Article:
Spiders, Crawling, and Internal Links

We speak of the internet as a web, and talk about the search engine spiders crawling it. That’s because the internet was originally conceived as a web of hyperlinks interconnecting everything. That’s how it generally is now, too, though it’s a bit more sophisticated than it used to be. Search engine spiders arrive at your website and crawl along all the links to find all the pages. They index the site, which is to say they make themselves a sort of map of the site, and then when someone looks for something you have, they mention you to the searcher.

It’s a great system. However, in quite a few of the sites I’ve worked with recently, I’ve found pages that aren’t linked up to anything.

Normally, you know, you have navigation on the homepage that takes people to your inner pages. You might then have further pages linked from those pages. With luck, they’re all hooked up together in a sensible way that people can easily follow. If so, the search engine spiders probably can do so, too.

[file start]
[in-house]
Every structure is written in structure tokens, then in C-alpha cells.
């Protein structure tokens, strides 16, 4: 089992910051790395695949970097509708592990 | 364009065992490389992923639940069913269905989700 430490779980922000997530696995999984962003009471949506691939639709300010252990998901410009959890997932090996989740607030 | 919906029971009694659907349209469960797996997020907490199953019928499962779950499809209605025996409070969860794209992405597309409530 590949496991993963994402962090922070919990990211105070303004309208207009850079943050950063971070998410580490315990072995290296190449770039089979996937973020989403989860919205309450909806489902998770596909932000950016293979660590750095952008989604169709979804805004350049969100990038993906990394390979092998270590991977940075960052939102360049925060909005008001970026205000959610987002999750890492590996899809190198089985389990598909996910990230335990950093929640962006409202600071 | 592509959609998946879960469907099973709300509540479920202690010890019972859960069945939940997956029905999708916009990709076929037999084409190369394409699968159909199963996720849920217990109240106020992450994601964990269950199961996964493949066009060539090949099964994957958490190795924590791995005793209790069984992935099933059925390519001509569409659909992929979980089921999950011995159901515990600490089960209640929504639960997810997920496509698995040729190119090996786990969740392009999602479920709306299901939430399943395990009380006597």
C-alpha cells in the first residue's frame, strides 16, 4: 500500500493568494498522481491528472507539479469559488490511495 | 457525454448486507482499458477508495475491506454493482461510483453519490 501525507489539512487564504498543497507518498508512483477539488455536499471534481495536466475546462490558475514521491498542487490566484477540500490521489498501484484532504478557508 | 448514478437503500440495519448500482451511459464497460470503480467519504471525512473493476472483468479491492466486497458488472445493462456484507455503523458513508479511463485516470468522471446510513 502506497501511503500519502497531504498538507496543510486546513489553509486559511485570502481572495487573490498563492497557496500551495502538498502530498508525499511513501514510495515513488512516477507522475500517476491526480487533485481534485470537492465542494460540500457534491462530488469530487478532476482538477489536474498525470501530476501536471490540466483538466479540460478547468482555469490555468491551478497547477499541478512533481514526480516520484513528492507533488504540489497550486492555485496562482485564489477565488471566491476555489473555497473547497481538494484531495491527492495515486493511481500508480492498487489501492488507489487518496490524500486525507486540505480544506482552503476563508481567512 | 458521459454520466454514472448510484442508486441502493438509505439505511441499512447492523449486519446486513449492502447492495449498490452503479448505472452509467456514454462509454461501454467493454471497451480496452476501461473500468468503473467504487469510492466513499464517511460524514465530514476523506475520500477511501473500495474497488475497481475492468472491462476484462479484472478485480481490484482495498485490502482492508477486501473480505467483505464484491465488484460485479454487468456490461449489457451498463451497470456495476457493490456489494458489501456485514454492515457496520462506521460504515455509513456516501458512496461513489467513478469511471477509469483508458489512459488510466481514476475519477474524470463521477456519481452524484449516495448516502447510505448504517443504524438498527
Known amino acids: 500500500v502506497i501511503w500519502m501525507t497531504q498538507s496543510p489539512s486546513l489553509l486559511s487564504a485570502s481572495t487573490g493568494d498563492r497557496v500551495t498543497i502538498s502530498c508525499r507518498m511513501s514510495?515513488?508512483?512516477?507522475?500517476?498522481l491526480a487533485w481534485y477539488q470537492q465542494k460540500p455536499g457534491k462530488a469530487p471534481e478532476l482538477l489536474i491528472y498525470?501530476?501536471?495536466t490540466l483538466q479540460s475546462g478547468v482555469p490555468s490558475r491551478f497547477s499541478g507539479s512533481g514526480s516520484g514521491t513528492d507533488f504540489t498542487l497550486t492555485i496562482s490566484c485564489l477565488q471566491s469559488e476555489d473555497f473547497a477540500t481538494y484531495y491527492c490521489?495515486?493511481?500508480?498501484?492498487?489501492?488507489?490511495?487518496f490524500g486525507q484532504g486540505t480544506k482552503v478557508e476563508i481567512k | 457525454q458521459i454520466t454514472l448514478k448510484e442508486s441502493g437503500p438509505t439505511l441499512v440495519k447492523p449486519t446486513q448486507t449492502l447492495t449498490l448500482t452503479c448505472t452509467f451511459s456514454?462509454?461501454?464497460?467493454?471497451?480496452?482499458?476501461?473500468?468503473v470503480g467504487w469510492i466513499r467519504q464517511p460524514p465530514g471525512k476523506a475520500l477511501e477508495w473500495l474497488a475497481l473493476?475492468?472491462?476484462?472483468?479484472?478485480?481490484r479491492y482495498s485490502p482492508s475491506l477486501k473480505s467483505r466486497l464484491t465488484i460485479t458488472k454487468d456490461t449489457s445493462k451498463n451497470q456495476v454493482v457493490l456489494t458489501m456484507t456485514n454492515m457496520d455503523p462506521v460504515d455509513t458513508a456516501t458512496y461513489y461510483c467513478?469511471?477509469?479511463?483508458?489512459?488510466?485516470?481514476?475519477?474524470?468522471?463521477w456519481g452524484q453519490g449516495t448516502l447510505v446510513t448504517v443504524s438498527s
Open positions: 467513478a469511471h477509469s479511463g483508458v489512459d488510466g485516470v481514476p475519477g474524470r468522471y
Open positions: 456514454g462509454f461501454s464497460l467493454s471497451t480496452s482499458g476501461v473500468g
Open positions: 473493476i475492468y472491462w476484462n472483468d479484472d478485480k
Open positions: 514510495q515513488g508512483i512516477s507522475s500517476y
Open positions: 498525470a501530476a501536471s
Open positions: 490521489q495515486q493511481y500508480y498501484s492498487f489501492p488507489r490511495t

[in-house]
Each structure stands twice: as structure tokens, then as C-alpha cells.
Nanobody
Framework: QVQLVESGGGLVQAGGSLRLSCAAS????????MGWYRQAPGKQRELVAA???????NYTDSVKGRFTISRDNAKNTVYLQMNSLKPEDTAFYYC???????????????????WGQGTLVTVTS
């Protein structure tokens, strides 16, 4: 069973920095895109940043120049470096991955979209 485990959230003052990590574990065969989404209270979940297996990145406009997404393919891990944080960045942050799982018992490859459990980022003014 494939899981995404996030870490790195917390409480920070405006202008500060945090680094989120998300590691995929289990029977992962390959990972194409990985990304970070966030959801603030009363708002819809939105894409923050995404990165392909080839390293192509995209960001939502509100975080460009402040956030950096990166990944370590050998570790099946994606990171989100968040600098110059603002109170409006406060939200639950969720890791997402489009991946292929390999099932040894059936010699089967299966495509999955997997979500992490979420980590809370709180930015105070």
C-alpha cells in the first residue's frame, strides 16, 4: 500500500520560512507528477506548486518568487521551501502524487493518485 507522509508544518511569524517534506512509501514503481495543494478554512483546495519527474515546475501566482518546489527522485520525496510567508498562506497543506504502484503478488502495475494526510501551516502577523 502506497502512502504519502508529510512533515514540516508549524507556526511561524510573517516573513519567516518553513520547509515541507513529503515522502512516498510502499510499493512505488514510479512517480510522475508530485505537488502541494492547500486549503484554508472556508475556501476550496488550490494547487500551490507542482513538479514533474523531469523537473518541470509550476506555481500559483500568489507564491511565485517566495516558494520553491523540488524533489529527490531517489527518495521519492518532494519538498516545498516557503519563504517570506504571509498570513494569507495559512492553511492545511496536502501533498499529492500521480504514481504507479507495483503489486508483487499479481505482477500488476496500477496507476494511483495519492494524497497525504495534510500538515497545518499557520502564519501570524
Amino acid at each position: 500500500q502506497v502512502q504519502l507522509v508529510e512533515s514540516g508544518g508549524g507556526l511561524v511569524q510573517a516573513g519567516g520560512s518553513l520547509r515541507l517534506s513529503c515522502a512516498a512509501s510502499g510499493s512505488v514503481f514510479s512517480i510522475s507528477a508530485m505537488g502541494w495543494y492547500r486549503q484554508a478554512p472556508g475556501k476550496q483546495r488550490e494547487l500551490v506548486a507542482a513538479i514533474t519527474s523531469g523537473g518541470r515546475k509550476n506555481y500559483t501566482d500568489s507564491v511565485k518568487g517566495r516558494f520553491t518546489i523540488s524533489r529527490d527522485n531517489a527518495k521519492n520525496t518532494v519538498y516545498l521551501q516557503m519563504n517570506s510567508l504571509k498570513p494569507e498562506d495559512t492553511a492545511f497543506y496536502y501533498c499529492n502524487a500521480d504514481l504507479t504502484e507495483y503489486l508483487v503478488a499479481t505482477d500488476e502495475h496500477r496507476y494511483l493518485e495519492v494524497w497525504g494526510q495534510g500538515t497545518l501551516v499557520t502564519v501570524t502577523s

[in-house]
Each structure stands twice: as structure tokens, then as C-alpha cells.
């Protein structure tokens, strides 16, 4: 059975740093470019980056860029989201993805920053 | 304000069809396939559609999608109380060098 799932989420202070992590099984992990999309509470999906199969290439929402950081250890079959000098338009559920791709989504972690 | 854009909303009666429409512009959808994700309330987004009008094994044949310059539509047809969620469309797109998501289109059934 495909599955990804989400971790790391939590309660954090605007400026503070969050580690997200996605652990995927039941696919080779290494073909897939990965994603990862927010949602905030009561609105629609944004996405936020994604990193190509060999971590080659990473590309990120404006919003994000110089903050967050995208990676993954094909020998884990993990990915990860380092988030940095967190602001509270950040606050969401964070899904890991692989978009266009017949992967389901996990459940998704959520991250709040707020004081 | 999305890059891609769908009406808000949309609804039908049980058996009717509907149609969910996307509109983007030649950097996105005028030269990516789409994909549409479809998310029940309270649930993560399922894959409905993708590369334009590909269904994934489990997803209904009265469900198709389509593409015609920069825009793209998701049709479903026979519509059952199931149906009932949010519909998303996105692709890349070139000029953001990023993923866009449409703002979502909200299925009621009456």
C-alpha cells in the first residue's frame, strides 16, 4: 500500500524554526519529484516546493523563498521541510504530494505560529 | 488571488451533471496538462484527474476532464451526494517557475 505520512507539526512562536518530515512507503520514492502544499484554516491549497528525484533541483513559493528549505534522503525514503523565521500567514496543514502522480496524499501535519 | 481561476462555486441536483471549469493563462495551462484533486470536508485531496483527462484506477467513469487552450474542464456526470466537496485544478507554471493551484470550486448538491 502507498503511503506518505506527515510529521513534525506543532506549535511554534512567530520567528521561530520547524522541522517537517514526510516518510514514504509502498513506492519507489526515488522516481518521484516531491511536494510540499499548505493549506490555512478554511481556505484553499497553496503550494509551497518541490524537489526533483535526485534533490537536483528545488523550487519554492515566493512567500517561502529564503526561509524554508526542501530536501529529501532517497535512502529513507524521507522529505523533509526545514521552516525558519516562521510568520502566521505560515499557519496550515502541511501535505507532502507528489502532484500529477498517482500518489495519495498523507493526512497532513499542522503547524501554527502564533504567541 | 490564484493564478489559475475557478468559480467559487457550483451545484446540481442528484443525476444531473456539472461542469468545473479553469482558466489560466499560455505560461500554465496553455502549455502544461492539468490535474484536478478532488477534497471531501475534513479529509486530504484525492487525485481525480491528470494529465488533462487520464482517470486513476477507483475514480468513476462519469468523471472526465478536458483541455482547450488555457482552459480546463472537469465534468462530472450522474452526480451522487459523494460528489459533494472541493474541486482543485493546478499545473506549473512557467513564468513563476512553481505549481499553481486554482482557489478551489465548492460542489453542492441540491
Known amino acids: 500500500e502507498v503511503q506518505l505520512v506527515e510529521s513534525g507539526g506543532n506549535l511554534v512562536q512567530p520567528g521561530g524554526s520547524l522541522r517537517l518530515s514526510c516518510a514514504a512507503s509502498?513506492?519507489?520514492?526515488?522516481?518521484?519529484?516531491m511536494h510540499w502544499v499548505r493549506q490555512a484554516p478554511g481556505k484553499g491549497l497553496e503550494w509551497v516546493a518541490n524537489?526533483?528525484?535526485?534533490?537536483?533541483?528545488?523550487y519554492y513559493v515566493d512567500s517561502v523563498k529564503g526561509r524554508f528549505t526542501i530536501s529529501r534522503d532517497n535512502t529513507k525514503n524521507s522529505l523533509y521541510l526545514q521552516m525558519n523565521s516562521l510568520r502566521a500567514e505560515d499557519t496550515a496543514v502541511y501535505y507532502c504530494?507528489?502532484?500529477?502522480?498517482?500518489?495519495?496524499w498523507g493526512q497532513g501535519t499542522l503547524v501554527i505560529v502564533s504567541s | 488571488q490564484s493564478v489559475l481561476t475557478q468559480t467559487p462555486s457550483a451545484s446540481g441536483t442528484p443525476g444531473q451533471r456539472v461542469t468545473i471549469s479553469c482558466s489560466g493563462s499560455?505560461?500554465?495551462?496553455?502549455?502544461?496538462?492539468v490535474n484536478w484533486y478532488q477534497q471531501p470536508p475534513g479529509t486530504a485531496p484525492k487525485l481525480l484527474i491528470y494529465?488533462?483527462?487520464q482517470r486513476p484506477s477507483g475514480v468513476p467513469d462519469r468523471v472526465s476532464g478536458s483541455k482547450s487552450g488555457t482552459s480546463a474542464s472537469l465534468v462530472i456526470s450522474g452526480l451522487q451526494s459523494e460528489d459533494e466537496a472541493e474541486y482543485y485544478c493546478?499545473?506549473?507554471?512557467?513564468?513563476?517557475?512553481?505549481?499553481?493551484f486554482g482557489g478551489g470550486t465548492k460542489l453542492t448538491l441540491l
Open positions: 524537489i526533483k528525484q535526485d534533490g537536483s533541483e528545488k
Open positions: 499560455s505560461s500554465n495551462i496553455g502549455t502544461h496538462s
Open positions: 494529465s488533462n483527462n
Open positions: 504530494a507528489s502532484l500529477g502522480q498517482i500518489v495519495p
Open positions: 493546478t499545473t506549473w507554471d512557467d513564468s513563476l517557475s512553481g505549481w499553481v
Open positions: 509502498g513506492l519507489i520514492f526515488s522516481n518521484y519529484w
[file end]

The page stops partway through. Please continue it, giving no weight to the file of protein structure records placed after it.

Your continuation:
But sometimes you find a page which isn’t linked up to anything else. People might find these pages through a search function at your website, or they might never find them at all. They’re not going to do you much good, though.

How does this happen? Lots of ways. Here are some I’ve seen recently:

  • The page is private. If you have a secret page (press photos, prices, other things you don’t want people to be able to find by searching at Google), then you may have no links to it and that’s your prerogative. You can then send people a link to the page if you want them to see it.
  • The page is left over from the past. It had a link from some page which has been deleted, for example, and now that its parent page is gone, it’s lost in cyberspace. If you don’t need it any more, delete it too. Otherwise, give it a link from an existing page.
  • The page should have been a post. I’ve seen several orphan blog pages recently which were made by people who thought they were saving them in a way that caused them to show up automatically on a page. They weren’t. If you want that to happen, make a post, not a page.
  • The site was built wrong. It’s sad but true — some sites are built without proper internal links. If yours is one of them, it won’t be properly indexed.

Examine your website, round up your orphan pages, and get them properly linked up.







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